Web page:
Wander project the caves of Southern Indiana

Growing up in Southern Indiana we were exposed to caves early. First off, spending a day underground wasn’t easy. That is something I’ve done a couple of times. I cannot imagine the terror of not only spending more than a single day but also, not having food for the first 10 or so days. The reality of what those poor kids suffered in Thailand and the heroes that risked everything to save them, is beyond words. I am sharing some pictures from Marengo Cave, located in Southern Indiana. It is not like the cave in Thailand in that it doesn’t have a river currently in it, and it is not rainy season. Caves are formed when the geology is right. In the case of Indiana caves, it is sandstone and limestone.

Sandstone doesn’t erode as quickly as limestone does. The sandstone becomes a cap, with the limestone eroding underneath it. Limestone is water soluble. In fact, if the water has a PH of slight acidic (by nature rainwater is slightly acidic), the limestone will erode fairly quickly. By fairly quickly, in the geologic sense I mean, regarding human time, it is virtually undetectable. Caves are wet and dark.  I held my breath every single time the news came on. You see the caves I grew up with were, for the most part, dry or were lower cavern wet. The cave in Thailand was a wet cave, meaning that during the rainy season the cave was full of water, making it very difficult to move around.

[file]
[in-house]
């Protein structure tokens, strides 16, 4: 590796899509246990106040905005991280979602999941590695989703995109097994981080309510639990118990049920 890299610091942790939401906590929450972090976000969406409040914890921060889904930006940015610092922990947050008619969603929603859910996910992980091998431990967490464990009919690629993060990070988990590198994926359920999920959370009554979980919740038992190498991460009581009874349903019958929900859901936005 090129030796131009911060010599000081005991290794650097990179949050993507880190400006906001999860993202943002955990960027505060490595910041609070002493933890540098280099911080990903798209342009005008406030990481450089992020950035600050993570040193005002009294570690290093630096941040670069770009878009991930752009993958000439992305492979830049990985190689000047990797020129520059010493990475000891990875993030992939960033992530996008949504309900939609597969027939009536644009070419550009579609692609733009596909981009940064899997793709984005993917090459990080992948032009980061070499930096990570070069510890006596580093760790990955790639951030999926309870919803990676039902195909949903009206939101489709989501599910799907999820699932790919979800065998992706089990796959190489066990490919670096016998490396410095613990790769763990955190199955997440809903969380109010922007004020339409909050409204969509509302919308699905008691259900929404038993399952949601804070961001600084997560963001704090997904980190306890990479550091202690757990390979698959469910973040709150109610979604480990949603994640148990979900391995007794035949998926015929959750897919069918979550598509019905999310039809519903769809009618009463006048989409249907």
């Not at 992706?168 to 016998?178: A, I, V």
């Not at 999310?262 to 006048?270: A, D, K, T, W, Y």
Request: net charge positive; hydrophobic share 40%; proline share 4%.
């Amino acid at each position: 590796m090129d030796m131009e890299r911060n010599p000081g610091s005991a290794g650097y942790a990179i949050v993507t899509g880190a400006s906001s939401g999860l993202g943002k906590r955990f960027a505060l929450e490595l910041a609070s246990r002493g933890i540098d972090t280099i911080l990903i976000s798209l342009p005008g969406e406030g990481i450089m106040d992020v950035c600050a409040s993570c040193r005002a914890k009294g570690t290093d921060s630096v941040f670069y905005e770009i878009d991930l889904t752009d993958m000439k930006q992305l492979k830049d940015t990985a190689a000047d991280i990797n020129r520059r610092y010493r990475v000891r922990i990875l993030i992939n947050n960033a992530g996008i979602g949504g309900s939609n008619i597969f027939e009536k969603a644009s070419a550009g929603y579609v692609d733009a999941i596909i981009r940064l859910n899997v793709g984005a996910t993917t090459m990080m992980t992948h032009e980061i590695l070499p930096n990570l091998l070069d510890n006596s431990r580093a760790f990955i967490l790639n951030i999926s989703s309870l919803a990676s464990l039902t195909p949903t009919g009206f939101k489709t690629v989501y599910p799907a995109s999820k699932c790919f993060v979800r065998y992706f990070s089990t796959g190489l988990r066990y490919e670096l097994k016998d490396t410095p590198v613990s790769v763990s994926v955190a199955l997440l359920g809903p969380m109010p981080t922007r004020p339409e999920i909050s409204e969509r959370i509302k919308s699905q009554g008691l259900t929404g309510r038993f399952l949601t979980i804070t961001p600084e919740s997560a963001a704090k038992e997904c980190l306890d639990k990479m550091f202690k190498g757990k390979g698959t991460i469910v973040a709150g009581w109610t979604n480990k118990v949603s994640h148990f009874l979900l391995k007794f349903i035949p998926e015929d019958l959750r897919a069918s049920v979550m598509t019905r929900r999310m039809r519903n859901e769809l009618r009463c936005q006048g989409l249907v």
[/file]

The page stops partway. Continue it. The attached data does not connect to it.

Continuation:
Close your eyes for a second. Imagine that level of darkness without much light for 10, 12 days. It can be scary. A huge thank you to everyone that helped get the soccer team out of the cave. It reminds us, in the midst of all the small things, that when human beings need to work together, we can. That humanity has something great we can accomplish, together! Hero’s are those willing to go into a dark cave, not knowing what is on the other side and if they could even get out themselves. Heroes are willing to do what has to be done, to help someone else.  I cannot imagine how scared those poor kids and that coach were for 18 days and no sun. I complain about how hot it is, but sometimes you have to realize how hard it can be. I am glad they are all safe now!


Family Historian

Leave a Reply

Fill in your details below or click an icon to log in:

WordPress.com Logo

You are commenting using your WordPress.com account. Log Out /  Change )

Google photo

You are commenting using your Google account. Log Out /  Change )

Twitter picture

You are commenting using your Twitter account. Log Out /  Change )

Facebook photo

You are commenting using your Facebook account. Log Out /  Change )

Connecting to %s